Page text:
Youn accepted to marine policy fellowship
So-Jung Youn, a PhD candidate in the Center for Systems Integration and Sustainability, receives a John A Knauss Marine Policy Fellowship.
PhD Candidate So-Jung Youn has been named one of 74 finalists to receive a unique educational experience to graduate students who have an interest in ocean, coastal and Great Lakes resources and in the national policy decisions affecting those resources.
The fellowship, named after one of Sea Grant's founders, former NOAA Administrator, John A. Knauss, matches highly qualified graduate students with "hosts" in the legislative and executive branch of government located in the Washington, D.C., area for a one-year paid fellowship.
In addition to completing rigorous academic programs, the 2021 finalists have held campus-based leadership positions, served their communities, traveled to 47 countries outside of the U.S. and received impressive awards and scholarships.
Youn's doctoral work explores the global utilization of inland capture fisheries and the inland fisheries value chain. She is studying ways to assess and value inland fisheries, such as using consumption surveys and household dynamics to estimate inland fisheries harvest. During her studies she has worked with the United Nations Food and Agriculture Organization (FAO) aims to identify opportunities and help develop strategy to bring freshwater fish to the global policy table and has co-authored the book “From Catastrophe to Recovery: Stories of Fishery Management Success” with her adviser Bill Taylor.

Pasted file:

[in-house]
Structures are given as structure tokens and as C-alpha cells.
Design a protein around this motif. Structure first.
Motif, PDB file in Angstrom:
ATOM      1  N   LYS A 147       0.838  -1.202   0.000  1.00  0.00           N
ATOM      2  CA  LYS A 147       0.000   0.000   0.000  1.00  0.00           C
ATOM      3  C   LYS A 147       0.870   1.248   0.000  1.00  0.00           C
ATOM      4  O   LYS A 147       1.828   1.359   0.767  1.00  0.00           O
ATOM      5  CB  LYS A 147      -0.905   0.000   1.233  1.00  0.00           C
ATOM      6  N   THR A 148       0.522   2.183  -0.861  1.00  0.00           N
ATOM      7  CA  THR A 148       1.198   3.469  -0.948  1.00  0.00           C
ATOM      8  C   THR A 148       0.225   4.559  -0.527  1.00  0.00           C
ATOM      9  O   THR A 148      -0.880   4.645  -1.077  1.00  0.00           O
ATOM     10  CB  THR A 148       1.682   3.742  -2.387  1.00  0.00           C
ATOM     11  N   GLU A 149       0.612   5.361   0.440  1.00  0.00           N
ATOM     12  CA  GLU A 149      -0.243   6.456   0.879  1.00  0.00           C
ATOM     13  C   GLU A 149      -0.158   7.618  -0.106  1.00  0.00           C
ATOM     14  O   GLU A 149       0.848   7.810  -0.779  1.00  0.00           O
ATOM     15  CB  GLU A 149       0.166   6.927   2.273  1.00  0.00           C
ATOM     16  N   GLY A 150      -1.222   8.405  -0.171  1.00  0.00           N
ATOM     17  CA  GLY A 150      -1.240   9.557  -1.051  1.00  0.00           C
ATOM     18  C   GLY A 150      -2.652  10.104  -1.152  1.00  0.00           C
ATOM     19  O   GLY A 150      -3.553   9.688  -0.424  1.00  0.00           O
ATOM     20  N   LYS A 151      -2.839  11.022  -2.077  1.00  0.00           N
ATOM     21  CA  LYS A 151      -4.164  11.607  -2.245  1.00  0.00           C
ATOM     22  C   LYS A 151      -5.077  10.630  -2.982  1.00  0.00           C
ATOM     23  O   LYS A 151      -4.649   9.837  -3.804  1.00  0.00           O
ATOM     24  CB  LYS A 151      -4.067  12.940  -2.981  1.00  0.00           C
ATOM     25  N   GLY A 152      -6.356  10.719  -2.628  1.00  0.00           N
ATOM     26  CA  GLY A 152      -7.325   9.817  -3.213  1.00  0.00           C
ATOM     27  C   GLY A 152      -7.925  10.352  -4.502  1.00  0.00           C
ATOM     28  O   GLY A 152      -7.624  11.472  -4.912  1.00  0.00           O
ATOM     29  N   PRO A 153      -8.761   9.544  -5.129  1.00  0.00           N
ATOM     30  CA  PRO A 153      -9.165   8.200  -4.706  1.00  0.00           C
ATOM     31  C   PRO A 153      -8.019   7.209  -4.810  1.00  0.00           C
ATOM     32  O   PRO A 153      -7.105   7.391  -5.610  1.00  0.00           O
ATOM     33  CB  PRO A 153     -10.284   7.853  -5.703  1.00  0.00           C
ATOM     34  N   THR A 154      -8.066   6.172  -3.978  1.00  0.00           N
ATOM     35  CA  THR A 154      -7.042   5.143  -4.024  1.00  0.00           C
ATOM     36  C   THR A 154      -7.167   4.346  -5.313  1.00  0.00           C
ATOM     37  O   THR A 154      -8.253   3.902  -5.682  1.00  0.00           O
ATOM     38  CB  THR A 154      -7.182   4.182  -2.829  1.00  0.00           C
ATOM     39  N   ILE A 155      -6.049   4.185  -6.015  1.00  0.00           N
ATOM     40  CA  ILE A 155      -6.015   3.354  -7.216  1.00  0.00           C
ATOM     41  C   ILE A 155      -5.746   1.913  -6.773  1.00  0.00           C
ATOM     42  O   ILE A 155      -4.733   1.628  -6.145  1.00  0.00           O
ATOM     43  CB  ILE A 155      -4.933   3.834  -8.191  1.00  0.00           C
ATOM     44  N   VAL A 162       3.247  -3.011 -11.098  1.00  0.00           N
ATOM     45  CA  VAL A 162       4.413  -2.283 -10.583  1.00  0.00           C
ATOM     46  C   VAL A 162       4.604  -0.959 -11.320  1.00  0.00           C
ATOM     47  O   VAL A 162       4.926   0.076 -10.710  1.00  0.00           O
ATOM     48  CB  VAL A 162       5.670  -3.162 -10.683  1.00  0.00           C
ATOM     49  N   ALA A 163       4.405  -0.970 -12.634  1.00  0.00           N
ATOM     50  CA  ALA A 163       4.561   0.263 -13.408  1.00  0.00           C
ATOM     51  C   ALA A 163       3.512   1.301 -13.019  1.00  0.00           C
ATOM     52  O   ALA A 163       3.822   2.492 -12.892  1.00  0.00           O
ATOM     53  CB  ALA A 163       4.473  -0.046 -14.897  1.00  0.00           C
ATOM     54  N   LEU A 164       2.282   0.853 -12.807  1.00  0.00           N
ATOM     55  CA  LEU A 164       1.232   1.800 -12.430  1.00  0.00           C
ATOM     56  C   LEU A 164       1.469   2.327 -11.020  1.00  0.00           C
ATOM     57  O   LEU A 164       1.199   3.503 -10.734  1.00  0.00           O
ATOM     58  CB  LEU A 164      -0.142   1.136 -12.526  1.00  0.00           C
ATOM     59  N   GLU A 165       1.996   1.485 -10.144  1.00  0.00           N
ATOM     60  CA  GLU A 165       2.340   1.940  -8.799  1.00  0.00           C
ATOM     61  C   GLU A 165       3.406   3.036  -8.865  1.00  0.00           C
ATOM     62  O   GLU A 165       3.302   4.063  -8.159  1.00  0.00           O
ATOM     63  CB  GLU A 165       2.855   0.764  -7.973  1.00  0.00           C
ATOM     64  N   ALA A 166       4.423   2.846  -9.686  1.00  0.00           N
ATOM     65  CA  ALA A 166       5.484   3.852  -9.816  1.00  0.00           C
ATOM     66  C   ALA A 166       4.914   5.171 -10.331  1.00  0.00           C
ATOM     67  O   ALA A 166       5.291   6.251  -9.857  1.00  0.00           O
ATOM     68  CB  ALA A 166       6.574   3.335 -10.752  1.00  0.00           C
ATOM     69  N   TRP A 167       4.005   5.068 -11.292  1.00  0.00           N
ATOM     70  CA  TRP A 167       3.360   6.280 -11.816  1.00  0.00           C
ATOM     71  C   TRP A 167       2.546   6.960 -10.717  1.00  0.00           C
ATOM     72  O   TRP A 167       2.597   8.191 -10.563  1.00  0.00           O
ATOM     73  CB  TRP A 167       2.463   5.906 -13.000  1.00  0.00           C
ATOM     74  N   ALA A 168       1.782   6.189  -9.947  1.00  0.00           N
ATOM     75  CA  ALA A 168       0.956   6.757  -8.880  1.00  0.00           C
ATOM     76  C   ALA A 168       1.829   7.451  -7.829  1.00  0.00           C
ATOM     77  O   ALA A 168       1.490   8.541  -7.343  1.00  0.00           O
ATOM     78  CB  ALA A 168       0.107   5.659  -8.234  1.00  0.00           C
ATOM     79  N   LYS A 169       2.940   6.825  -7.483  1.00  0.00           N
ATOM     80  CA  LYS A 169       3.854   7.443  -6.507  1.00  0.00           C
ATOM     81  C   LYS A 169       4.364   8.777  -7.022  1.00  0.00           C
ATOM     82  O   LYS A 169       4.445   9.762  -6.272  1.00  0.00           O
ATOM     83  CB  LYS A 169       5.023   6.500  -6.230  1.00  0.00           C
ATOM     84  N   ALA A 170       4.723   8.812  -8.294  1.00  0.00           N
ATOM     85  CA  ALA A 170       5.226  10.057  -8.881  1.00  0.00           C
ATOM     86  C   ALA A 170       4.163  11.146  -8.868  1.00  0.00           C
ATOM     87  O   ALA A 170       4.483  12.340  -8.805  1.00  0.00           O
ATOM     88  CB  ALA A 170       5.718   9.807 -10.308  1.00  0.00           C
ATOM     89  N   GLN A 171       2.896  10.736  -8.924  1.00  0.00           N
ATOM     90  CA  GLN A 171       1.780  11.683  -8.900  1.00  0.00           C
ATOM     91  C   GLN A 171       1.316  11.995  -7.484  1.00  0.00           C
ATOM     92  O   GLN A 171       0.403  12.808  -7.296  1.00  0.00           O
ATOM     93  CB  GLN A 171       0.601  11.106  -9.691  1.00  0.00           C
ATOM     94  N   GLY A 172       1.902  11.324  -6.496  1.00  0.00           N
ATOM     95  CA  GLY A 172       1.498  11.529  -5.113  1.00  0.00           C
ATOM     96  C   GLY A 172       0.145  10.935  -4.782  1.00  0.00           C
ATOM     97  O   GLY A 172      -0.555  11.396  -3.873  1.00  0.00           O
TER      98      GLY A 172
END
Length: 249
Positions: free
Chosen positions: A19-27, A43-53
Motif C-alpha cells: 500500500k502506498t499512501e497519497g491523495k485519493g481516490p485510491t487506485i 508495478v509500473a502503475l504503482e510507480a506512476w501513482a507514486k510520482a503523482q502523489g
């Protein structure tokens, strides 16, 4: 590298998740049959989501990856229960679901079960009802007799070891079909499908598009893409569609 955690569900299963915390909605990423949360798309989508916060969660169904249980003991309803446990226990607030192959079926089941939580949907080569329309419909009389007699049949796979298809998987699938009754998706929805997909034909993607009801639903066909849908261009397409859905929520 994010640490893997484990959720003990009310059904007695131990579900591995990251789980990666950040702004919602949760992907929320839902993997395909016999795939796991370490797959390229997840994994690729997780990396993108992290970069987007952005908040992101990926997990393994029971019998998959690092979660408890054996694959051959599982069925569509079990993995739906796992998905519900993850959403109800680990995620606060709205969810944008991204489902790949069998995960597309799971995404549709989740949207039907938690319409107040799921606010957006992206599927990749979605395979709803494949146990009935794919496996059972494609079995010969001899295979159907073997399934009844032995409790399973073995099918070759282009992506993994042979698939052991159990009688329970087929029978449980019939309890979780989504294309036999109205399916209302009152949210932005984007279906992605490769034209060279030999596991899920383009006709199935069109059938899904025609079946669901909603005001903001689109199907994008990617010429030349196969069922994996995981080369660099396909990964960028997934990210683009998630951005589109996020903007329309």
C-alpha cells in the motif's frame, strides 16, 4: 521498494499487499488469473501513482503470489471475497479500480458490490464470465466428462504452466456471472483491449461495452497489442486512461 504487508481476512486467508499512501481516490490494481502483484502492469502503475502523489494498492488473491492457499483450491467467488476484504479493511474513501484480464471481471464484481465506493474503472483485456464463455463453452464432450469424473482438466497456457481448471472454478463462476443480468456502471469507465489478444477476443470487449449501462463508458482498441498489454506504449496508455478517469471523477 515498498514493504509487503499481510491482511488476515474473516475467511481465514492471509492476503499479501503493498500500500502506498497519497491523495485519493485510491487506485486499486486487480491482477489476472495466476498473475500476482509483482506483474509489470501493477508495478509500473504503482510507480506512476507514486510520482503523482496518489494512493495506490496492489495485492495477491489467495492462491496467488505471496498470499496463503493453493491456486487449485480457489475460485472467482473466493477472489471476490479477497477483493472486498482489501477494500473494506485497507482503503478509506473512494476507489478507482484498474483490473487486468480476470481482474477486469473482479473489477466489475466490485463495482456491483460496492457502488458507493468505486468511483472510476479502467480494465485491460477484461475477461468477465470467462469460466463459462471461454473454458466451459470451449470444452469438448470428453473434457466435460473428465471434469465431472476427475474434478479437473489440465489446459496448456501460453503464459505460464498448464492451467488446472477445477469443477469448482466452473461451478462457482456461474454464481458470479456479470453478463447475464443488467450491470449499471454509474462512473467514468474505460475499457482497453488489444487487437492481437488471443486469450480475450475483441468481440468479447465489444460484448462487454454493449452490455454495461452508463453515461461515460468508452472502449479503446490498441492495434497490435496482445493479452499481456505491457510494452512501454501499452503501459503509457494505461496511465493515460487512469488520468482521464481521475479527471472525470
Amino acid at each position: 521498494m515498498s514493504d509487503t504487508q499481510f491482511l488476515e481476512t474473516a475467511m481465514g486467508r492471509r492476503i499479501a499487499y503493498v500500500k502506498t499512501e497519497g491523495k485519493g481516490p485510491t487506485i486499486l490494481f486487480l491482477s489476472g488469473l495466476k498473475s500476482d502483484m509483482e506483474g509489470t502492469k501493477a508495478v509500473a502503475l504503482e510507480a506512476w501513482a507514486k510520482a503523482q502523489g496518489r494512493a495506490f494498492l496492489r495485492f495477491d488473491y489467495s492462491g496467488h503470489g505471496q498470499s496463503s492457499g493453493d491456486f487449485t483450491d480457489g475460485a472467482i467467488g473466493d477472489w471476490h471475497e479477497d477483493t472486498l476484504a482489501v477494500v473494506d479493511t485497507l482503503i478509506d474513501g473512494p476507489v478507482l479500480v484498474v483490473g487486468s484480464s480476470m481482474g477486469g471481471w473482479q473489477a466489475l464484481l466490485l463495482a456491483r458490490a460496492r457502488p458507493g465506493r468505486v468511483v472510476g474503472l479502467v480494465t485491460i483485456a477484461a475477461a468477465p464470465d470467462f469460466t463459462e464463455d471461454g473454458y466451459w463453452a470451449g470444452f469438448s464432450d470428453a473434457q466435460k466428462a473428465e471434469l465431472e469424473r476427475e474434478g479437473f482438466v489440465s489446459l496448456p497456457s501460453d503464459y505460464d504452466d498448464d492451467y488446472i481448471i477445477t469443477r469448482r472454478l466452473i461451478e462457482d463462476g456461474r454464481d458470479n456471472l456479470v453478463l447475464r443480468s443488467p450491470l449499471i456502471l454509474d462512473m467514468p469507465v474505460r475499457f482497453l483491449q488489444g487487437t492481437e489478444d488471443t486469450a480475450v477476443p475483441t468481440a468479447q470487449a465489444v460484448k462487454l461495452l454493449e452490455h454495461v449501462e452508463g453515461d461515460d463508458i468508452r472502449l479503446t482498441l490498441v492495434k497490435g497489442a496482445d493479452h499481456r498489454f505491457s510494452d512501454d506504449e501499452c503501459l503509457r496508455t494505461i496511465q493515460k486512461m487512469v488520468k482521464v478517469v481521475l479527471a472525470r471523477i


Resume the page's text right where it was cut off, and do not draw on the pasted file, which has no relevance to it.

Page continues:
Since 1979, Sea Grant has provided one-year Knauss fellowships to over 1,400 early career professionals to work in federal government offices in Washington, D.C. Youn will be placed in her governmental assignment this fall.